Natura 2000 European Citizen’s Award – Vote now!

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The finalists for the 2018 European Natura 2000 Award are out!

Vote now for your favourite!

The European Commission’s Natura 2000 Award recognises the time, dedication and efforts Europeans invested in nature protection within the Natura 2000 network of protected areas. The Award aims to raise awareness about Natura 2000 and the role it plays for safeguarding our natural heritage and in promoting social and economic wellbeing.

Twenty-five finalists have been selected out of seventy-five eligible applications from across the EU. The selected finalists are from Austria, Belgium, Bulgaria, Czech Republic, Denmark, Estonia, France, Germany, Greece, Hungary, Ireland, Luxemburg, Poland, Portugal, Spain and United Kingdom. They include several cross-border projects, involving also Turkey, and an EU-wide project.

Reacting to the announcement, Karmenu Vella, EU Commissioner for the Environment, Maritime Affairs and Fisheries said:

“I am delighted to see so many excellent achievements in protecting our European natural heritage. They clearly demonstrate the value that nature provides to Europe’s economy and how our nature is at the heart of our culture. Vote now and give these remarkable achievements the recognition they deserve!”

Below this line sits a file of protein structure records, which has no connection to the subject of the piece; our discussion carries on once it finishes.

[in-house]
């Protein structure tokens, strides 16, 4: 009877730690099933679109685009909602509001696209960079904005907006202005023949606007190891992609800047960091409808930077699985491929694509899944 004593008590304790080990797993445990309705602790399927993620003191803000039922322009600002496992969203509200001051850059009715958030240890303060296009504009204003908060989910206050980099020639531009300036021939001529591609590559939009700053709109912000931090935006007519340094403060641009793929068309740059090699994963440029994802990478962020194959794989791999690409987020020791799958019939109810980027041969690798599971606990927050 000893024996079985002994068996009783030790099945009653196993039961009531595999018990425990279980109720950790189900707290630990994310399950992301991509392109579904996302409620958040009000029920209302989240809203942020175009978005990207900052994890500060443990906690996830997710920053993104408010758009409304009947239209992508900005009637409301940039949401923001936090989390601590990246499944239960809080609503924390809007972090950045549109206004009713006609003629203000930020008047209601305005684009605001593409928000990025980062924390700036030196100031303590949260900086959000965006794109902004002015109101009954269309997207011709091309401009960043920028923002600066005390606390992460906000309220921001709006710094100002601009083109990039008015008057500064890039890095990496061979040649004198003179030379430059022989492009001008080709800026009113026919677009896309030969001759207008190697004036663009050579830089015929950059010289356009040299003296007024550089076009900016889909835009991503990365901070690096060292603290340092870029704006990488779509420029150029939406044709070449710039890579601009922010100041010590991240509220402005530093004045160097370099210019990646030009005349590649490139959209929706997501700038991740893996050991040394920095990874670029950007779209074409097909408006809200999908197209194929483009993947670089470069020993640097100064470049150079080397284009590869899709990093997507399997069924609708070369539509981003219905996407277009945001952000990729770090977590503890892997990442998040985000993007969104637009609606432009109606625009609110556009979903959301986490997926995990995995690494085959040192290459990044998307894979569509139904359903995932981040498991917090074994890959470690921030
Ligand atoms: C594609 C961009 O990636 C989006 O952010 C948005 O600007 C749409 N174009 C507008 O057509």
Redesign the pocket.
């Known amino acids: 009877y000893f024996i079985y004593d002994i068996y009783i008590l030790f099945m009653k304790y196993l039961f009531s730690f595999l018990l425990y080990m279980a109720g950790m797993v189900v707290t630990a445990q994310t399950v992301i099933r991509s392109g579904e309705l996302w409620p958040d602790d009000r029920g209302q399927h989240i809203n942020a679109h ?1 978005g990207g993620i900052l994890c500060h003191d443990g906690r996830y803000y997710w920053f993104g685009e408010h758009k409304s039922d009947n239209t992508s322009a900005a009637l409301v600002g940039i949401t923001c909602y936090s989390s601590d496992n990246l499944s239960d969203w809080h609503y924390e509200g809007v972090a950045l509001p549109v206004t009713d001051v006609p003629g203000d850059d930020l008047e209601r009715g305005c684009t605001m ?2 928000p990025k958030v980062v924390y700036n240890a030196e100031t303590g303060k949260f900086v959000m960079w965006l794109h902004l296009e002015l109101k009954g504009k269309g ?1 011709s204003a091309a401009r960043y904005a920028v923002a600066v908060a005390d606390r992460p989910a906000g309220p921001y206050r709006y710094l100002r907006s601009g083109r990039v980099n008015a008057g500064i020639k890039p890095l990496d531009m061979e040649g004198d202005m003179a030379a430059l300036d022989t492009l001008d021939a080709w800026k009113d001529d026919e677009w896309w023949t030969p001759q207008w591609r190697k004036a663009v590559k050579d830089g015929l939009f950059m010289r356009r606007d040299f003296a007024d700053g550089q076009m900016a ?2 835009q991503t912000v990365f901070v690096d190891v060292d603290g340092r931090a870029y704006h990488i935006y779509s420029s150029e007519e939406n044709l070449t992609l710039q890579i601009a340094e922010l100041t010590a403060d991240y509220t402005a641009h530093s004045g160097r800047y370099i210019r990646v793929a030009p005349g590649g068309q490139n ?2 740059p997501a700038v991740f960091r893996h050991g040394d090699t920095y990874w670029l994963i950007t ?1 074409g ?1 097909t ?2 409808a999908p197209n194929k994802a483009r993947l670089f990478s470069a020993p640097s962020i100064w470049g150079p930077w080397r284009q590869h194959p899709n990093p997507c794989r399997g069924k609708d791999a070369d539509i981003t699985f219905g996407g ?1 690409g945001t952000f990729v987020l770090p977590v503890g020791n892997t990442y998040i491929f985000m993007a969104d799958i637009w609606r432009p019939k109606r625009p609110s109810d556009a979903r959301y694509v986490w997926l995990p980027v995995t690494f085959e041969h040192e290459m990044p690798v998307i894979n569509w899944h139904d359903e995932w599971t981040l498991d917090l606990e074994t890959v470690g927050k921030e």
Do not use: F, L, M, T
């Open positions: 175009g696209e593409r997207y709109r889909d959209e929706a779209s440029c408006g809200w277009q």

The finalists in five categories – Conservation, Socio-Economic Benefits, Communication, Reconciling Interests/Perceptions, and Cross-Border Cooperation and Networking – will now be assessed by an independent jury. Everyone is invited to vote for his or her favourite finalist to win the European Citizens’ Award. Online voting closes on 22 April 2018. The winners will be announced at a ceremony hosted by Commissioner Vella in Brussels on Thursday 17 May 2018. The event is open to the press and the public. Please register online if you wish to attend.

The ceremony can also be watched online on the Natura 2000 website.
Media contact: [email protected]

Background of the European Natura 2000 Awards

Natura 2000 is the centrepiece of the EU’s nature and biodiversity policy. Established under the EU’s Birds Directive and Habitats Directive, it is an EU-wide network of over 27 000 terrestrial and marine sites, covering more than 18 % of land area and 7% of the surrounding seas.

The aim of the network is to assure the long-term survival of Europe’s most valuable and threatened species and habitats. Well-functioning ecosystems provide benefits for human health, society and the economy. Natura 2000 provides an array of environmental advantages, while also serving a number of vital social and economic functions. In the EU, around 4.4 million jobs are directly dependent on healthy ecosystems, and a significant proportion of these are situated within Natura 2000 sites. In addition, the financial benefits that flow from the network itself are estimated to be in the range of EUR 200 to EUR 300 billion per year.

The European Commission’s Action Plan for Nature, People and the Economy aims to improve the implementation of Natura 2000 and boost its contribution towards reaching the EU’s biodiversity targets for 2020.

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